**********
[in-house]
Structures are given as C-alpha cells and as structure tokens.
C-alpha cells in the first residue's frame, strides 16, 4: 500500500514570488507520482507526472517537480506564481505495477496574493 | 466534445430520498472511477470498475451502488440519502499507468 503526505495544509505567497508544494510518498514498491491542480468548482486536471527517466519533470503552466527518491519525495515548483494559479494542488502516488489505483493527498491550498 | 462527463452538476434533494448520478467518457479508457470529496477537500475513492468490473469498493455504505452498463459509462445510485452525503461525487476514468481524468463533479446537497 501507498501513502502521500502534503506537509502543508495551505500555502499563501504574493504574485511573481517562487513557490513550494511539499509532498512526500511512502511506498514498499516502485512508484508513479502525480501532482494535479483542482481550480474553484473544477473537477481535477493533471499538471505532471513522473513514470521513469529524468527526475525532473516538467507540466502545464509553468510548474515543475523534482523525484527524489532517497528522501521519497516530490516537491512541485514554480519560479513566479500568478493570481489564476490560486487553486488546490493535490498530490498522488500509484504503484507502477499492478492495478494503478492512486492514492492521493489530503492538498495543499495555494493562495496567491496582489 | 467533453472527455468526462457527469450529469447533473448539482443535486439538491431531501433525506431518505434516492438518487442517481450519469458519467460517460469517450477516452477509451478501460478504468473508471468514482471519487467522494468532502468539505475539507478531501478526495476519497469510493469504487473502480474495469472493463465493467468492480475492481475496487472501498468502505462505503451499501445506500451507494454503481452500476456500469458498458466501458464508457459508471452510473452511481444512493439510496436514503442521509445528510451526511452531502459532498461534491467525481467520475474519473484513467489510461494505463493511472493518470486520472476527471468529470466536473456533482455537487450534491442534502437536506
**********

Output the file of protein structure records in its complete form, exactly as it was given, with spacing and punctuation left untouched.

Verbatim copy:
[in-house]
Structures are given as C-alpha cells and as structure tokens.
C-alpha cells in the first residue's frame, strides 16, 4: 500500500514570488507520482507526472517537480506564481505495477496574493 | 466534445430520498472511477470498475451502488440519502499507468 503526505495544509505567497508544494510518498514498491491542480468548482486536471527517466519533470503552466527518491519525495515548483494559479494542488502516488489505483493527498491550498 | 462527463452538476434533494448520478467518457479508457470529496477537500475513492468490473469498493455504505452498463459509462445510485452525503461525487476514468481524468463533479446537497 501507498501513502502521500502534503506537509502543508495551505500555502499563501504574493504574485511573481517562487513557490513550494511539499509532498512526500511512502511506498514498499516502485512508484508513479502525480501532482494535479483542482481550480474553484473544477473537477481535477493533471499538471505532471513522473513514470521513469529524468527526475525532473516538467507540466502545464509553468510548474515543475523534482523525484527524489532517497528522501521519497516530490516537491512541485514554480519560479513566479500568478493570481489564476490560486487553486488546490493535490498530490498522488500509484504503484507502477499492478492495478494503478492512486492514492492521493489530503492538498495543499495555494493562495496567491496582489 | 467533453472527455468526462457527469450529469447533473448539482443535486439538491431531501433525506431518505434516492438518487442517481450519469458519467460517460469517450477516452477509451478501460478504468473508471468514482471519487467522494468532502468539505475539507478531501478526495476519497469510493469504487473502480474495469472493463465493467468492480475492481475496487472501498468502505462505503451499501445506500451507494454503481452500476456500469458498458466501458464508457459508471452510473452511481444512493439510496436514503442521509445528510451526511452531502459532498461534491467525481467520475474519473484513467489510461494505463493511472493518470486520472476527471468529470466536473456533482455537487450534491442534502437536506